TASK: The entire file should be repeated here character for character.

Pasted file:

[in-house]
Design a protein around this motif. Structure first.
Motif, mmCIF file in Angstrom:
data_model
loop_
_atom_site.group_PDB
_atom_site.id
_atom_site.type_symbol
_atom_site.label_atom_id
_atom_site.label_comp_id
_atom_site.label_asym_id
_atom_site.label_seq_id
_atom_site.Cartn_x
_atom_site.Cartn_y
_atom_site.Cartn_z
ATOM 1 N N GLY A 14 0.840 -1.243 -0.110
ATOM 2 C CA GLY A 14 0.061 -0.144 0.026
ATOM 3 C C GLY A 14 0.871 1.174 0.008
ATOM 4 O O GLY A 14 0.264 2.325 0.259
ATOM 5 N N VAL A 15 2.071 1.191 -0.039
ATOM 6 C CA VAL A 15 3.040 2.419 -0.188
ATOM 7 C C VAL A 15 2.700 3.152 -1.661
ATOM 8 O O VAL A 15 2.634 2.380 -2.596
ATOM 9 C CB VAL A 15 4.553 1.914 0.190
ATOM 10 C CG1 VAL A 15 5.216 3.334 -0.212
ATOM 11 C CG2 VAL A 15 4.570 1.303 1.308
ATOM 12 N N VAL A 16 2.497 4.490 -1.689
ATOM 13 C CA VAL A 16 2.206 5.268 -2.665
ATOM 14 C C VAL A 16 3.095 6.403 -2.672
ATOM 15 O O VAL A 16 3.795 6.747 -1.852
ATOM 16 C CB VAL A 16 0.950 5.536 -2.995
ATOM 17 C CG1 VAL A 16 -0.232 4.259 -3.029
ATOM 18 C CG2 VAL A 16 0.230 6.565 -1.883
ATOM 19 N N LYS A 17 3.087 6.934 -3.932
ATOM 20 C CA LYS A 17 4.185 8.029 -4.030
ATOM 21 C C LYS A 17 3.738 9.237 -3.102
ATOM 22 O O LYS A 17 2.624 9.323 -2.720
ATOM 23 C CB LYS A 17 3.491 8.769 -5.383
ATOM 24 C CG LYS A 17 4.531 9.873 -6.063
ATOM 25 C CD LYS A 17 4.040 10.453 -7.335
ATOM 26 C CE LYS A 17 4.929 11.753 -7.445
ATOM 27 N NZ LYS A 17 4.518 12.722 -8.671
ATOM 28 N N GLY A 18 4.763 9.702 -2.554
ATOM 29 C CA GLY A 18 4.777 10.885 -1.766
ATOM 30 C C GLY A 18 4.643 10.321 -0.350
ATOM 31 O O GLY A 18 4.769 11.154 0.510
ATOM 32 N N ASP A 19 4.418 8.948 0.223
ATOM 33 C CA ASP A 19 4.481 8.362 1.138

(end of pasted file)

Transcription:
[in-house]
Design a protein around this motif. Structure first.
Motif, mmCIF file in Angstrom:
data_model
loop_
_atom_site.group_PDB
_atom_site.id
_atom_site.type_symbol
_atom_site.label_atom_id
_atom_site.label_comp_id
_atom_site.label_asym_id
_atom_site.label_seq_id
_atom_site.Cartn_x
_atom_site.Cartn_y
_atom_site.Cartn_z
ATOM 1 N N GLY A 14 0.840 -1.243 -0.110
ATOM 2 C CA GLY A 14 0.061 -0.144 0.026
ATOM 3 C C GLY A 14 0.871 1.174 0.008
ATOM 4 O O GLY A 14 0.264 2.325 0.259
ATOM 5 N N VAL A 15 2.071 1.191 -0.039
ATOM 6 C CA VAL A 15 3.040 2.419 -0.188
ATOM 7 C C VAL A 15 2.700 3.152 -1.661
ATOM 8 O O VAL A 15 2.634 2.380 -2.596
ATOM 9 C CB VAL A 15 4.553 1.914 0.190
ATOM 10 C CG1 VAL A 15 5.216 3.334 -0.212
ATOM 11 C CG2 VAL A 15 4.570 1.303 1.308
ATOM 12 N N VAL A 16 2.497 4.490 -1.689
ATOM 13 C CA VAL A 16 2.206 5.268 -2.665
ATOM 14 C C VAL A 16 3.095 6.403 -2.672
ATOM 15 O O VAL A 16 3.795 6.747 -1.852
ATOM 16 C CB VAL A 16 0.950 5.536 -2.995
ATOM 17 C CG1 VAL A 16 -0.232 4.259 -3.029
ATOM 18 C CG2 VAL A 16 0.230 6.565 -1.883
ATOM 19 N N LYS A 17 3.087 6.934 -3.932
ATOM 20 C CA LYS A 17 4.185 8.029 -4.030
ATOM 21 C C LYS A 17 3.738 9.237 -3.102
ATOM 22 O O LYS A 17 2.624 9.323 -2.720
ATOM 23 C CB LYS A 17 3.491 8.769 -5.383
ATOM 24 C CG LYS A 17 4.531 9.873 -6.063
ATOM 25 C CD LYS A 17 4.040 10.453 -7.335
ATOM 26 C CE LYS A 17 4.929 11.753 -7.445
ATOM 27 N NZ LYS A 17 4.518 12.722 -8.671
ATOM 28 N N GLY A 18 4.763 9.702 -2.554
ATOM 29 C CA GLY A 18 4.777 10.885 -1.766
ATOM 30 C C GLY A 18 4.643 10.321 -0.350
ATOM 31 O O GLY A 18 4.769 11.154 0.510
ATOM 32 N N ASP A 19 4.418 8.948 0.223
ATOM 33 C CA ASP A 19 4.481 8.362 1.138